Living in an online stream: new study on young people’s lives on social networks

A new study on online behaviour and the challenges faced by Austrian children and youth on social networks shows a competent use and a conscious online presence.

Date 2021-07-13 Author Austrian Safer Internet Centre Section , awareness, news, research, youth Topic cyberbullying, data privacy, hate speech, media literacy/education, online reputation Audience media specialist, organisations and industry, parents and carers, research, policy and decision makers, teachers, educators and professionals

In Austria, young people start to use social networks at between 8 and 13 years of age. They are not the first generation to use social networks, but they do it differently compared to previous generations. Formerly, children and young people considered it to be important to show their life online by posting pictures and sharing stories. This has now changed.

Today, social media is primarily used to keep in contact with friends, to search for information, and to be entertained. Posting content has become less important – only about a third of young people post images of themselves online. And, if they do, they use messaging apps with personal accounts, or in other private online spaces. Additionally, stories and user-generated content which automatically disappears after 24 hours has become more relevant than in the past.

Results of the study on online behaviour and challenges of Austrian young people.


Young people think their “right to be forgotten” is not being implemented

Nearly half of children and youth in Austria have at least one profile in a social network that they are not able to access anymore. The most common reasons for this might be that the linked email address is not available anymore, or that the two-factor authentication is hindering the login process since the associated device is lost or broken.

Social networks today (such as Facebook) have longer lifespans than platforms of the past (such as Netlog). Thus, inaccessible accounts can potentially be troublesome. For example, reported cases show that long-forgotten accounts often contain images considered as embarrassing or inconvenient. In this context, young people claim that their right to be forgotten is not being implemented. Social network providers need to develop ways to ensure that this right is granted, for example by automatically deleting inactive accounts after giving out warnings.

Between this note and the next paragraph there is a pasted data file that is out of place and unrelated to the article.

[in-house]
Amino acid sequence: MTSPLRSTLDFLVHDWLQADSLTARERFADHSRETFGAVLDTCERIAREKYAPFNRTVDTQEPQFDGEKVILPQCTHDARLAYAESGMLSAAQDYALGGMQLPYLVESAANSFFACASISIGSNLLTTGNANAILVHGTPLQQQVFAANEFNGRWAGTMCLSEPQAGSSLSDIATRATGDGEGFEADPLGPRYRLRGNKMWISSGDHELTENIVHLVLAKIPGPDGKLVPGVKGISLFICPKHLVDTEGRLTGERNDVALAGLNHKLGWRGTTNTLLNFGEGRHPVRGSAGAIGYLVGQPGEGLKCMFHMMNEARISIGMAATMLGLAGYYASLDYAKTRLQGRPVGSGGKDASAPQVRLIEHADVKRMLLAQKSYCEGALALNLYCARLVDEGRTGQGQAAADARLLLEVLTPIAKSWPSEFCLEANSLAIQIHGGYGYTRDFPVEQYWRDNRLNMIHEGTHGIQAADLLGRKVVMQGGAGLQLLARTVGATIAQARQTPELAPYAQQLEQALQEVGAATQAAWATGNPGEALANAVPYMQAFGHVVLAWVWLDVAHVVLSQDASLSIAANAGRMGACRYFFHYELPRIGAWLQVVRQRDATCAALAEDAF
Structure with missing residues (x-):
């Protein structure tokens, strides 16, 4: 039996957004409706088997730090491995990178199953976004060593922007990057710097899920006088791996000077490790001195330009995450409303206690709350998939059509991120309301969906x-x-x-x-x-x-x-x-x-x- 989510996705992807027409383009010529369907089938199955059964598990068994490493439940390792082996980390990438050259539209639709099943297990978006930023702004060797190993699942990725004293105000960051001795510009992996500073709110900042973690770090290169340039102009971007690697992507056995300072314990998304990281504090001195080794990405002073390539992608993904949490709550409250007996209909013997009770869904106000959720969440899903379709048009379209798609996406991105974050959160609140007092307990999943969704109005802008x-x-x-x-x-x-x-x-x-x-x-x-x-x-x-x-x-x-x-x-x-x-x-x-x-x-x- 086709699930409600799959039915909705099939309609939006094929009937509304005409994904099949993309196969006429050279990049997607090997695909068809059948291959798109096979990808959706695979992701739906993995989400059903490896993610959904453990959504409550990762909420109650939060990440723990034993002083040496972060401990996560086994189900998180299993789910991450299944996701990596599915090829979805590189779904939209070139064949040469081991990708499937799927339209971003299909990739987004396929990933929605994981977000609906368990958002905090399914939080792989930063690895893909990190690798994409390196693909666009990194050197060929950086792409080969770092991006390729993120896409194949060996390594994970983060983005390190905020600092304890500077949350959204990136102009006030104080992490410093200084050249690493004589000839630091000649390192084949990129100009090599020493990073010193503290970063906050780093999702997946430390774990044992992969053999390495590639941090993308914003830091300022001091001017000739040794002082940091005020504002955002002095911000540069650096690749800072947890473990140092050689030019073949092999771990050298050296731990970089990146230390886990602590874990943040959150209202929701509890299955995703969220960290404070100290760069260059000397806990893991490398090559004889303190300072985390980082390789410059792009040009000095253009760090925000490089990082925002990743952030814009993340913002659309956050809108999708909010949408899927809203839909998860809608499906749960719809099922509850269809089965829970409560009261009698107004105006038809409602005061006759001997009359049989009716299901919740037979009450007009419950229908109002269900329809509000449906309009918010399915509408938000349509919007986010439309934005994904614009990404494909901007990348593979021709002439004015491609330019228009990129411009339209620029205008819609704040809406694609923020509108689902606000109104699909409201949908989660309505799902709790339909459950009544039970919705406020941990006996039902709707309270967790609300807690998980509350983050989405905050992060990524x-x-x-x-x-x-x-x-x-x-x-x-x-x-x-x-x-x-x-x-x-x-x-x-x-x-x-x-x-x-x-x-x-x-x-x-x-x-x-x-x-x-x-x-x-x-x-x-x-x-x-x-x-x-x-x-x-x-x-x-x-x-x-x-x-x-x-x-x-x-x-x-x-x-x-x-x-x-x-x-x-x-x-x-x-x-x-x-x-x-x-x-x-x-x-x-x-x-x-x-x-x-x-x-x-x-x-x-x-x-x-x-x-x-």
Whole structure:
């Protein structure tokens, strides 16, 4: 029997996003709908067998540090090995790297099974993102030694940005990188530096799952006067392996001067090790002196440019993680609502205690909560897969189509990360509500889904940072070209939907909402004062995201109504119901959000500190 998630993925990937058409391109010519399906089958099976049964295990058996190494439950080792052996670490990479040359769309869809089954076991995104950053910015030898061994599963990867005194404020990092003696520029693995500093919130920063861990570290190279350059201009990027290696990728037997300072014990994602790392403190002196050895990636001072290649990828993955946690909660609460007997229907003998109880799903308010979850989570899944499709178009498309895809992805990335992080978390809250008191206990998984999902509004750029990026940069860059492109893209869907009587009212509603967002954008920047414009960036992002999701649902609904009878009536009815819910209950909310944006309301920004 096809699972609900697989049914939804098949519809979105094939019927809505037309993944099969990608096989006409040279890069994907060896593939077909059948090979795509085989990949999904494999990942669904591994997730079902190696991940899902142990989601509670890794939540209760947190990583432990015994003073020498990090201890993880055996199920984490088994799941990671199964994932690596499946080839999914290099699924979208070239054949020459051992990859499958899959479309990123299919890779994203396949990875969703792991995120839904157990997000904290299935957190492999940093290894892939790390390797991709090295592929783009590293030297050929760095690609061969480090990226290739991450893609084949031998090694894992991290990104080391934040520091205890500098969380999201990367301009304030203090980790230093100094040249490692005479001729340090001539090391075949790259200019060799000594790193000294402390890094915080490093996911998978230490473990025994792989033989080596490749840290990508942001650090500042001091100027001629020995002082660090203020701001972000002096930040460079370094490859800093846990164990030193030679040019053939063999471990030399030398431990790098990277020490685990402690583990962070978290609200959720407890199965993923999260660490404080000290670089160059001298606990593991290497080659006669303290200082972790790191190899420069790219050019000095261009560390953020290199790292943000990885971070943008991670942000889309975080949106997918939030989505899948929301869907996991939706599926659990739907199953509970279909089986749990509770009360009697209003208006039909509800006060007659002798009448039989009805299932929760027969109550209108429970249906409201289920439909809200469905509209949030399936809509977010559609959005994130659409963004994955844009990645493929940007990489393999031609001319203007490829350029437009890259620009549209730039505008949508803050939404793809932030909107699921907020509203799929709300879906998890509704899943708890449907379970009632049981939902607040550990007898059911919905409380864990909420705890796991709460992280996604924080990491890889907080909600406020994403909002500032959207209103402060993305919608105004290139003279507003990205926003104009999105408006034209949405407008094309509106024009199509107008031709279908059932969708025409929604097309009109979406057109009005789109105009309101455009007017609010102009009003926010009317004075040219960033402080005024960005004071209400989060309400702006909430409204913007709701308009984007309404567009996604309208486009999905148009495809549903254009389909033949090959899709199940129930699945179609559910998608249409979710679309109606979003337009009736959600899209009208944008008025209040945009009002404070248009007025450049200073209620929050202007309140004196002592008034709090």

Online images – always edited?

In the study, 79 per cent of respondents agreed with the statement “All young people present themselves better on social media than they do in reality”. Indeed, 62 per cent think that all pictures found online are edited. Still, when asked whether they edit images themselves, only 27 per cent admitted doing so. Young people face a dilemma: online images must look both professional and effortless at the same time else they will otherwise be considered as “cringe” (embarrassing or uncomfortable). This might also explain why children and young people are posting fewer pictures of themselves nowadays. It could also relate to their fear of unwanted negative responses to shared content online, such as hate speech, mobbing or cyberbullying.

Most young people in Austria claim to manage their privacy settings on social networks, and only a small minority admits to having never done so. Children and youth do seem to care about their online presence, and they think before they post. A new generation of users is growing up.

About the survey

The survey “Living in an online stream: social networks and self-presentation” was carried out by the Institute for Youth Culture on behalf of the Austrian Safer Internet Centre and ISPA – Internet Service Providers Austria. The respondents (n=400) were 11 to 17 years old – the study is representative for this age group in Austria. In addition to the study, the results were contextualised within three focus groups and experiences from workshops organised by the Austrian Safer Internet Centre.

Find out more about the work of the Austrian Safer Internet Centre, including its awareness raising, helpline, hotline and youth participation services, or find similar information for Safer Internet Centres throughout Europe.


The Austrian Safer Internet Centre @saferinternetat has conducted a study on online behaviour and the challenges faced by Austrian children and youth on social networks. It shows a competent use and a conscious online presence, as well as a reflection on the “right to be forgotten” online.

You can read more about it on the Better Internet for Kids (BIK) portal at 


@saferinternetat has conducted a study on online behaviour and the challenges faced by Austrian children and youth on social networks. It shows a competent use and a conscious online presence.

You can learn more at

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